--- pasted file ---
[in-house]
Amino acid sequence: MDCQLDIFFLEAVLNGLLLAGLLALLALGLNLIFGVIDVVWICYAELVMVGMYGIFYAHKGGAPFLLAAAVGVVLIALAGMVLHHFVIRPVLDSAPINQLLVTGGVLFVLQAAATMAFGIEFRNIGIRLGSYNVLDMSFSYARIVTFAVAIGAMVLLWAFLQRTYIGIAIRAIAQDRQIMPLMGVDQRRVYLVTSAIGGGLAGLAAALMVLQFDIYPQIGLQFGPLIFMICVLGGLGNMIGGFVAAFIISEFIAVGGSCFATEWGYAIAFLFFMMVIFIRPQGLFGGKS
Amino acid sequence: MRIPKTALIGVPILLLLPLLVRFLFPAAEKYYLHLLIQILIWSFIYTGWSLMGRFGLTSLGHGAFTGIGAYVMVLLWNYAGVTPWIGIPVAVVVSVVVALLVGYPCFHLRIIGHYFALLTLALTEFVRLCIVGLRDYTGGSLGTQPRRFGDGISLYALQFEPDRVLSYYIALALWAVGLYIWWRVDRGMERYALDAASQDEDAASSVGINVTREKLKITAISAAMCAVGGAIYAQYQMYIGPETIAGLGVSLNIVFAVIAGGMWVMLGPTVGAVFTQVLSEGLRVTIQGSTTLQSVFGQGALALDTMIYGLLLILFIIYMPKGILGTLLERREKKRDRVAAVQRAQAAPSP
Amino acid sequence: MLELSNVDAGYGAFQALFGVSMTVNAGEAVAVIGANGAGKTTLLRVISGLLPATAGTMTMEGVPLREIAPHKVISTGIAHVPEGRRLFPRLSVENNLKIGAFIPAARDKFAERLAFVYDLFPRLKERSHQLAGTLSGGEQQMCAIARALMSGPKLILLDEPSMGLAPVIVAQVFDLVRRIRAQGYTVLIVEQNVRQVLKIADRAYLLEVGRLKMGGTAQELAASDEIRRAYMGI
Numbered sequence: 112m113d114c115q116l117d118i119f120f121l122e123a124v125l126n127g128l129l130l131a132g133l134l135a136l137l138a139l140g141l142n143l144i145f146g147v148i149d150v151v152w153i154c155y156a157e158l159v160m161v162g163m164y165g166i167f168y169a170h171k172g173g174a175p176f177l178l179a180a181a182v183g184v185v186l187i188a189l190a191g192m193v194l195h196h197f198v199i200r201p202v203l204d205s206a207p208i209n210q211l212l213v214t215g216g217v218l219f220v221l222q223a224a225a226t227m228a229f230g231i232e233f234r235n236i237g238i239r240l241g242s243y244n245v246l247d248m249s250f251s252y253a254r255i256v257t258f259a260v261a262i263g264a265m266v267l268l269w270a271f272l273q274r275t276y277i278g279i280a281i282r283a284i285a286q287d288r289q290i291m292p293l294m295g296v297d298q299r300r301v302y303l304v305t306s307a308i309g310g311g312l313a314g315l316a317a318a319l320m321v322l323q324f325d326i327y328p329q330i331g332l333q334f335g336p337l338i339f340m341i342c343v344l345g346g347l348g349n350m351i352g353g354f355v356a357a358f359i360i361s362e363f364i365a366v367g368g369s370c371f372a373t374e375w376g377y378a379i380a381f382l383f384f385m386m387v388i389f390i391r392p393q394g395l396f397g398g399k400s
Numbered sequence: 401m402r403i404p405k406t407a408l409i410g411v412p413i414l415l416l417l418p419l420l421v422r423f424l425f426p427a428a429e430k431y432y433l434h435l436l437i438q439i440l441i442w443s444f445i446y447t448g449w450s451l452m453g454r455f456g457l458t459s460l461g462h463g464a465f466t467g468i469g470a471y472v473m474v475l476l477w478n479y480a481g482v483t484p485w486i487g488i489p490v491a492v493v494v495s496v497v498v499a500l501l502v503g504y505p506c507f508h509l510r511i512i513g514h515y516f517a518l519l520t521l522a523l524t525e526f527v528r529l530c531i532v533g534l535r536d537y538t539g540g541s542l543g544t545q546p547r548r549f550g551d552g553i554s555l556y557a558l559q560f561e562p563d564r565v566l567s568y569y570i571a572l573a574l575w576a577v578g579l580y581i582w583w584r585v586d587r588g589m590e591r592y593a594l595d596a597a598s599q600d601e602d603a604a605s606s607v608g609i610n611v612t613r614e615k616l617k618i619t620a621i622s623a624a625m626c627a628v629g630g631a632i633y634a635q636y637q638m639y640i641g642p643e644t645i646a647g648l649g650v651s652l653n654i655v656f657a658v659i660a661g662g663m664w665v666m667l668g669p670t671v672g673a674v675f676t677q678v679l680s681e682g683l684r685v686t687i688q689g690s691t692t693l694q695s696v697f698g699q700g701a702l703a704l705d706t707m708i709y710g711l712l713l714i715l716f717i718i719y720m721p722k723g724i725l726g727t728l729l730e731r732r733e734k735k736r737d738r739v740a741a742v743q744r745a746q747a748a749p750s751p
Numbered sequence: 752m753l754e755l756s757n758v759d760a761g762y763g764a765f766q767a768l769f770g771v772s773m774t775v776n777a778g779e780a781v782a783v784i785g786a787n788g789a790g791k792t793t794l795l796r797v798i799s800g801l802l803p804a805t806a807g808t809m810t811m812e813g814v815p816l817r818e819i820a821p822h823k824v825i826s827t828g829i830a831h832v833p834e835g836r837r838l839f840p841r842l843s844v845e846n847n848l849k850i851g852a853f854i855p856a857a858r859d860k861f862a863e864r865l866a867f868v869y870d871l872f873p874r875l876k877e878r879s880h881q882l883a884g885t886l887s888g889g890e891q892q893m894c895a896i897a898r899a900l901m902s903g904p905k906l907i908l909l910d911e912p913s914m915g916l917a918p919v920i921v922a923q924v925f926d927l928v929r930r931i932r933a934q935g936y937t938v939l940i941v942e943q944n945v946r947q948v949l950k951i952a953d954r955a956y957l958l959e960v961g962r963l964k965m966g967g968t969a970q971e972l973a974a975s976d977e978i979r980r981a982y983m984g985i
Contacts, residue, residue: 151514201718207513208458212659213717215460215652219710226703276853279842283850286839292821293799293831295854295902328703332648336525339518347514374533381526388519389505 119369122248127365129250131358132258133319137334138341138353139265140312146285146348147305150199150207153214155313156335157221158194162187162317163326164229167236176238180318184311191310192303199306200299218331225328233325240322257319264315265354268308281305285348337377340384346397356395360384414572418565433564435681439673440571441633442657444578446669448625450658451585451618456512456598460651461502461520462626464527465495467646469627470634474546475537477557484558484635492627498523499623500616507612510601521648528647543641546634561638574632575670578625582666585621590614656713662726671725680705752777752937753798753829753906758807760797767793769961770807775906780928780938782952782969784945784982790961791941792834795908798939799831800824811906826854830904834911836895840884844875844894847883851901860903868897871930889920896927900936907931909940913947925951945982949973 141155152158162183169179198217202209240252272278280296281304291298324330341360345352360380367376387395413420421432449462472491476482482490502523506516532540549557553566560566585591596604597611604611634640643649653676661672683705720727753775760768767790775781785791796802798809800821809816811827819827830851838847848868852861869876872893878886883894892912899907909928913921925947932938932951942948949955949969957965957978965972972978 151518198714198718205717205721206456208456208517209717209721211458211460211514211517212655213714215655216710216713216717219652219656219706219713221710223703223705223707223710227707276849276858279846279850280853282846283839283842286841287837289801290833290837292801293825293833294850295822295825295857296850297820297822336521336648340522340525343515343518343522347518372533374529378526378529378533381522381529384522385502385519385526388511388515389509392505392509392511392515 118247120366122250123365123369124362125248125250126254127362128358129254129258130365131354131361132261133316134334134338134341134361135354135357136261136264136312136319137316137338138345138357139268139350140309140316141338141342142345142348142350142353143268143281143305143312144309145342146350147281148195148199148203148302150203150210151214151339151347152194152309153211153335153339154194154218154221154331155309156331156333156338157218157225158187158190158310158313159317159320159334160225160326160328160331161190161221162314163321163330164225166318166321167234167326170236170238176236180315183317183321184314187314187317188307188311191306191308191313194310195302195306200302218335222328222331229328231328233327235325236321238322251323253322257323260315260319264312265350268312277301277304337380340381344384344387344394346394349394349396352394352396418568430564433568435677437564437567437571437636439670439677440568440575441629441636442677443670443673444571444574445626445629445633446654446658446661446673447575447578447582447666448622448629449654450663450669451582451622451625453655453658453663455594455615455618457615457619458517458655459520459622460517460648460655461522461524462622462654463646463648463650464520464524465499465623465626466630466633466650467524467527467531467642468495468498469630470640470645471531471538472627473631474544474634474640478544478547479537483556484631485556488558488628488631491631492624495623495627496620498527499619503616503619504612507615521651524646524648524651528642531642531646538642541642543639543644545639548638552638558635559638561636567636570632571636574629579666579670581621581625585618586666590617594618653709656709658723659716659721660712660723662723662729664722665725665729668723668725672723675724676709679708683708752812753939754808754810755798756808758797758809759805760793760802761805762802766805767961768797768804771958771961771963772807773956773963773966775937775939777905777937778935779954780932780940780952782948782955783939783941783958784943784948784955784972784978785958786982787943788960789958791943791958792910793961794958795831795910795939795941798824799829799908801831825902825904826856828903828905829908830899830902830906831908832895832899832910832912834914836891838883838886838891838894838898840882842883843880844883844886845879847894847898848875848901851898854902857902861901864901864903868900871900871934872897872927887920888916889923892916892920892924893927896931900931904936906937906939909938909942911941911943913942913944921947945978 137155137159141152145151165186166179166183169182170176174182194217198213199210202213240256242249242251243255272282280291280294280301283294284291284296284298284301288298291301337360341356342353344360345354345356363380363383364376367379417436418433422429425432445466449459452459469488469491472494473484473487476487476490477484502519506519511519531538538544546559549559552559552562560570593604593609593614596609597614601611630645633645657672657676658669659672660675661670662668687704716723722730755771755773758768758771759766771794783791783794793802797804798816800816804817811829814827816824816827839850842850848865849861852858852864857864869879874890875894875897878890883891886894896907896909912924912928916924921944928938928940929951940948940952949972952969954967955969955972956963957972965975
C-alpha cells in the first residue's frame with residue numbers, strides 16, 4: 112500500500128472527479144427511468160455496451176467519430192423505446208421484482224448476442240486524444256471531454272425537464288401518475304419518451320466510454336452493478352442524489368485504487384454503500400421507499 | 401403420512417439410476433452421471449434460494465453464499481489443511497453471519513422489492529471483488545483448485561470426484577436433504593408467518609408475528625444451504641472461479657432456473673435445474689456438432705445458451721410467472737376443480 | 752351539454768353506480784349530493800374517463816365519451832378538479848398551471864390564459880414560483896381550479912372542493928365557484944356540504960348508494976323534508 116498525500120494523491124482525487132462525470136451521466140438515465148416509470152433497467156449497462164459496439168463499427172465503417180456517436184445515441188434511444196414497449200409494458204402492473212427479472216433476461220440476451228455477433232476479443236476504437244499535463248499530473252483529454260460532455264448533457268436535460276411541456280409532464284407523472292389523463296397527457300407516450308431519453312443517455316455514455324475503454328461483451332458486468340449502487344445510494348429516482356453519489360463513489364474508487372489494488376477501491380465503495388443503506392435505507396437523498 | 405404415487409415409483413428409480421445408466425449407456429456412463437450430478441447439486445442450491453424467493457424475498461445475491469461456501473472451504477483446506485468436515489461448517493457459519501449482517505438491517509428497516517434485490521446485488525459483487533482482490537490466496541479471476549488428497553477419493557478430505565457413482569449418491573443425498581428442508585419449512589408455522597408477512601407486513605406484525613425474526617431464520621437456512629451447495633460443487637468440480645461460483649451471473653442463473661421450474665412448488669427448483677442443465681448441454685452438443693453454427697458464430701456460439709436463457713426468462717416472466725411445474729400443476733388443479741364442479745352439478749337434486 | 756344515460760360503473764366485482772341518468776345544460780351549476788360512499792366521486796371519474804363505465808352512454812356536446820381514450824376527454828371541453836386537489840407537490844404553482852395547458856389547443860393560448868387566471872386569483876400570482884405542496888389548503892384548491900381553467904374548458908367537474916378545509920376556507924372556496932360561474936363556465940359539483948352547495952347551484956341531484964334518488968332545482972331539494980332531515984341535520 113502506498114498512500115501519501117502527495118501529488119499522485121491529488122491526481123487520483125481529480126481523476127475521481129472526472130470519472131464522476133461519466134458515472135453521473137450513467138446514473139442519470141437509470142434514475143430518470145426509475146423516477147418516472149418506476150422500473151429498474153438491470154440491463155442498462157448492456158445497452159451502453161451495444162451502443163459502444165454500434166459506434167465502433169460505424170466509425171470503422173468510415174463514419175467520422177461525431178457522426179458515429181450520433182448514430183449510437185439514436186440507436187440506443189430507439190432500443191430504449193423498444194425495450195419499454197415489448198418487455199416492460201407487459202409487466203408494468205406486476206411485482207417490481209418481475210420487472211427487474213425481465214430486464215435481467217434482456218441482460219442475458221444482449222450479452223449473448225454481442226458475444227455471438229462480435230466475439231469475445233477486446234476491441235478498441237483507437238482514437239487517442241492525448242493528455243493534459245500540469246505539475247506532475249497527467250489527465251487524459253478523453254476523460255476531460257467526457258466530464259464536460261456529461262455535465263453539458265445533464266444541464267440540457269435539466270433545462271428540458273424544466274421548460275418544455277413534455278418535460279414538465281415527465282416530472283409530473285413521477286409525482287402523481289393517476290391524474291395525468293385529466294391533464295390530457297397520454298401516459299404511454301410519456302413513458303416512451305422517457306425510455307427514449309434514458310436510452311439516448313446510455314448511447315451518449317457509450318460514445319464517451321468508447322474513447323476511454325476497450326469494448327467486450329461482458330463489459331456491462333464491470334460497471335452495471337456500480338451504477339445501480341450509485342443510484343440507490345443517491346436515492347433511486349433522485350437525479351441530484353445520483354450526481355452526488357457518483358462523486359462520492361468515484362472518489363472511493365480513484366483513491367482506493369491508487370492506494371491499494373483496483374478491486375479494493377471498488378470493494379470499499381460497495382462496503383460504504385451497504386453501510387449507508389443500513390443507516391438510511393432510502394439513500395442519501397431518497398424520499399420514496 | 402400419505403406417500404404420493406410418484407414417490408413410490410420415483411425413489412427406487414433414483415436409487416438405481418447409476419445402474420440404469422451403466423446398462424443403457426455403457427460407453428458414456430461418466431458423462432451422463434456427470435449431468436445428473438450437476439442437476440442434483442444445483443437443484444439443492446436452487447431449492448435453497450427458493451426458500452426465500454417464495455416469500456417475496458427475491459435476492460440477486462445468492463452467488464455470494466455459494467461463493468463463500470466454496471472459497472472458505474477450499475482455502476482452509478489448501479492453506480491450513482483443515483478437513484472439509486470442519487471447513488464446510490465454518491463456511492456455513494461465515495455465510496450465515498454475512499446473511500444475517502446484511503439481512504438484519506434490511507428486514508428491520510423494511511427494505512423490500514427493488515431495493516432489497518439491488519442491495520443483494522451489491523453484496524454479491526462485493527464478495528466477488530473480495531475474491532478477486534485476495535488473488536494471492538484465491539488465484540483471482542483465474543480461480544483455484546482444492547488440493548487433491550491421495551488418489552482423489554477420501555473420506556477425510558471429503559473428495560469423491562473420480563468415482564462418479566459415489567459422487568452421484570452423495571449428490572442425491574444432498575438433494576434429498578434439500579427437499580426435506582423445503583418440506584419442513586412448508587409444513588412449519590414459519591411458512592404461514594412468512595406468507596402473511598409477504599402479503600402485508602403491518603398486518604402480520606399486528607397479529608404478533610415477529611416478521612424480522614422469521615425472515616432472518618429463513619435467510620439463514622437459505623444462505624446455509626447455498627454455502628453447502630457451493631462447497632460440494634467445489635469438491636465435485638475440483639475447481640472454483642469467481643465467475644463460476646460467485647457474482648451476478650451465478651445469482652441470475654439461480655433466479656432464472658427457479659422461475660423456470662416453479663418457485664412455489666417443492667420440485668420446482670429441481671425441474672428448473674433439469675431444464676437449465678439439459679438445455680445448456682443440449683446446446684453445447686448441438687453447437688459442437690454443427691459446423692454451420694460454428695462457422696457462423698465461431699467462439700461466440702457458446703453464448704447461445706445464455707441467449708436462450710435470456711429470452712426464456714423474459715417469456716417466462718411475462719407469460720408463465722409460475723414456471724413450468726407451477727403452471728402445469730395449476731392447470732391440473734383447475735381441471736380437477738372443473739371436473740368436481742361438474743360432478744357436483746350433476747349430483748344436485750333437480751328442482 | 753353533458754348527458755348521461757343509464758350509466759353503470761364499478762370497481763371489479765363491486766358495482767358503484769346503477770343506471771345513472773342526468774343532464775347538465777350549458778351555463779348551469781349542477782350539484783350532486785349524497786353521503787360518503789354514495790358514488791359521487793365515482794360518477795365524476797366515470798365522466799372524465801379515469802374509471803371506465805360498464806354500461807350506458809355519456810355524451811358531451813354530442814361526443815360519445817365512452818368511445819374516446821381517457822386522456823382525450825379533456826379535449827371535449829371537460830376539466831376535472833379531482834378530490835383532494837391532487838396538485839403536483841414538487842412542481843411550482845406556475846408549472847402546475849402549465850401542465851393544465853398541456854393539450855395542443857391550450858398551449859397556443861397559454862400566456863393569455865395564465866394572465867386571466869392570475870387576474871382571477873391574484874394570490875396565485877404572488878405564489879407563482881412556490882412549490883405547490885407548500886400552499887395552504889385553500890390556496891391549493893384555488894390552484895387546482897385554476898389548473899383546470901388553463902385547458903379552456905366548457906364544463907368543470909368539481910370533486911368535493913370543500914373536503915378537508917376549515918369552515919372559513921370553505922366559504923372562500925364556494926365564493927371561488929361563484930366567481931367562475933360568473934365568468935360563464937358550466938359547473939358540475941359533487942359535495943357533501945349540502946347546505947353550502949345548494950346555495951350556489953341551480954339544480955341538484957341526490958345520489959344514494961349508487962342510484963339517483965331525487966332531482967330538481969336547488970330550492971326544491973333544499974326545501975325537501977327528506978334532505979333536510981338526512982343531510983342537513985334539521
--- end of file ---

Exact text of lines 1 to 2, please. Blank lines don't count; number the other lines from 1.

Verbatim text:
[in-house]
Amino acid sequence: MDCQLDIFFLEAVLNGLLLAGLLALLALGLNLIFGVIDVVWICYAELVMVGMYGIFYAHKGGAPFLLAAAVGVVLIALAGMVLHHFVIRPVLDSAPINQLLVTGGVLFVLQAAATMAFGIEFRNIGIRLGSYNVLDMSFSYARIVTFAVAIGAMVLLWAFLQRTYIGIAIRAIAQDRQIMPLMGVDQRRVYLVTSAIGGGLAGLAAALMVLQFDIYPQIGLQFGPLIFMICVLGGLGNMIGGFVAAFIISEFIAVGGSCFATEWGYAIAFLFFMMVIFIRPQGLFGGKS